Review of The Uncorker of Ocean Bottles, by Michelle Cuevas, illustrated by Erin E. Stead

The Uncorker of Ocean Bottles

by Michelle Cuevas
illustrated by Erin E. Stead

Dial Books for Young Readers (Penguin), 2016. 40 pages.
Starred Review

Here’s a lovely and poetical picture book. The story is simple, about the Uncorker of Ocean Bottles, who lives by the sea.

He had a job of the utmost importance. It was his task to open any bottles found at sea and make sure they were delivered.

The Uncorker of Ocean Bottles often has to travel far to deliver the messages.

Sometimes the messages were very old, crunchy like leaves in the fall.

Sometimes the messages were written by a quill dipped in sadness.

But most of the time they made people quite happy, for a letter can hold the treasure of a clam-hugged pearl.

The Uncorker of Ocean Bottles does wish a message would come for him. Then one day a very peculiar message comes.

I’m not sure you will get this in time, but I am having a party.
Tomorrow, evening tide, at the seashore.
Will you please come?

He asks many people about the letter, if they recognize the script, but he is unable to deliver it. The first time he hasn’t been able to deliver a note.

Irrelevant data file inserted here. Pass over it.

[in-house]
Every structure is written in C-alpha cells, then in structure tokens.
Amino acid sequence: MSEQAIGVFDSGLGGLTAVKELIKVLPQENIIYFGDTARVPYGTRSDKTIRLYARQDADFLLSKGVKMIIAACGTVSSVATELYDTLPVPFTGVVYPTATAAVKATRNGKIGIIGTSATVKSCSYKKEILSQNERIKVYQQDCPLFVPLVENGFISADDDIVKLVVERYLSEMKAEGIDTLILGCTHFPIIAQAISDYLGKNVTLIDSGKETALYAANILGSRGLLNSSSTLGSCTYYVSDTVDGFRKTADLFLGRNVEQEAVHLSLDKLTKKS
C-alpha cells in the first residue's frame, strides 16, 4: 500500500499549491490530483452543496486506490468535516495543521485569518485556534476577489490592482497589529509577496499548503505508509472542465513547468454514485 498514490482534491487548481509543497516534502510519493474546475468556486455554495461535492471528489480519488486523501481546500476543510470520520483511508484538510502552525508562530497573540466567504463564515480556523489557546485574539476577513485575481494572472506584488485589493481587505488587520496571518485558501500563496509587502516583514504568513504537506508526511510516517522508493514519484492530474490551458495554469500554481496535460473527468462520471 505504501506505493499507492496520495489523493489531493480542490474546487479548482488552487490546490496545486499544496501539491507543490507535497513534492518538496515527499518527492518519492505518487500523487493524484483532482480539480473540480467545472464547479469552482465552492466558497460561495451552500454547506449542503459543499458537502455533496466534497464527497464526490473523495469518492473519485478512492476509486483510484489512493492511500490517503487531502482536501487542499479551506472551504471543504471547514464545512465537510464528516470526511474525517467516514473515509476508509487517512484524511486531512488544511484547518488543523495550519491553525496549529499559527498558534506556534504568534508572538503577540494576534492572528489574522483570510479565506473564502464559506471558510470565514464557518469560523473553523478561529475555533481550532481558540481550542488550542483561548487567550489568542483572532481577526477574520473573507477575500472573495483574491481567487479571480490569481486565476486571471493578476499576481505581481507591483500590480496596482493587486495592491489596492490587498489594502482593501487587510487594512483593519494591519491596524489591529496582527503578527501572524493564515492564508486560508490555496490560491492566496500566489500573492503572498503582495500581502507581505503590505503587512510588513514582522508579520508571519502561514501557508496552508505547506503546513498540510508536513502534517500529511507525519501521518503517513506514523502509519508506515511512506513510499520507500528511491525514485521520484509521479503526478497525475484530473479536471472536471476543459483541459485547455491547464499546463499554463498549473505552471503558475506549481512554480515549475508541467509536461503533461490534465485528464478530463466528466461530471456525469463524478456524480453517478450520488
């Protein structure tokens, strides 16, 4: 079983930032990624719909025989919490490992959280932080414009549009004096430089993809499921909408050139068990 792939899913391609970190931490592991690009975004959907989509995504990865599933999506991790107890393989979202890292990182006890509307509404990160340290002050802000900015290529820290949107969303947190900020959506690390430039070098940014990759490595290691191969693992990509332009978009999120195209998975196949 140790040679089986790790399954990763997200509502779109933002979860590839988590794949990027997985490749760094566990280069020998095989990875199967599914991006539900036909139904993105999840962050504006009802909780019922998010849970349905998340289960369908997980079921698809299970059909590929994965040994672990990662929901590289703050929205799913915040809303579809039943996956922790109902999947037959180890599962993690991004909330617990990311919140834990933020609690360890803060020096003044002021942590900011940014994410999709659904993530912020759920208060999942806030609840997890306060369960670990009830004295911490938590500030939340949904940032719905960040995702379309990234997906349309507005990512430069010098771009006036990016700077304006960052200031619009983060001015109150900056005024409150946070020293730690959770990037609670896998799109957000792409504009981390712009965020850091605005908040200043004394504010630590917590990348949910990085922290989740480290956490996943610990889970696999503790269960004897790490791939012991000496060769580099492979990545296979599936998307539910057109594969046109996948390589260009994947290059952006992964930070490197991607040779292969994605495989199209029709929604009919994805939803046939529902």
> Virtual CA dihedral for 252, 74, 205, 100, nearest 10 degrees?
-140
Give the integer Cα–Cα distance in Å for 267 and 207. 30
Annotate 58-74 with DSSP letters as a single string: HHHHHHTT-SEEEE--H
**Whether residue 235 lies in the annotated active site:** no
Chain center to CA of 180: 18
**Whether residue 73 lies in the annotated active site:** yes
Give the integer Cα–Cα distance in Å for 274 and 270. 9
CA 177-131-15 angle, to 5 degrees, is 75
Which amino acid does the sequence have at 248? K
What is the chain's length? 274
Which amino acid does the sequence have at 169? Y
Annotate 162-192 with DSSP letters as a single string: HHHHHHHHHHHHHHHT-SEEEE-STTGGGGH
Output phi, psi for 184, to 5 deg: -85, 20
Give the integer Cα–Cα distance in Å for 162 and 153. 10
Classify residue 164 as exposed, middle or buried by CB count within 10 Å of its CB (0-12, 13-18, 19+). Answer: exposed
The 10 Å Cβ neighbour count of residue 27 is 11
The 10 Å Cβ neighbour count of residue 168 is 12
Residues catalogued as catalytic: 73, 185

As he fell asleep that night, the Uncorker decided to go to the seashore the next day. He would go, and apologize to the writer of the note.

Well, when he arrives, all the people he asked about the message have come, too.

They have quite a party by the seashore.

He decides to try to deliver the message again tomorrow.

Mind you, this is a picture book about which I have to let go of my logical objections. But it is so beautiful! Erin Stead’s art work is so peaceful and profound, and the language so lyrical and lovely. (“the waves tipped their white postman hats…”) It’s such a joyful experience, I’m not going to let little logical questions get in the way of my enjoyment, and I strongly suspect children won’t either.

Like most picture books, I recommend trying this book out to see for yourself the whole effect of the words plus the pictures. I suspect that you will be glad you did.

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Source: This review is based on a book from Fairfax County Public Library.

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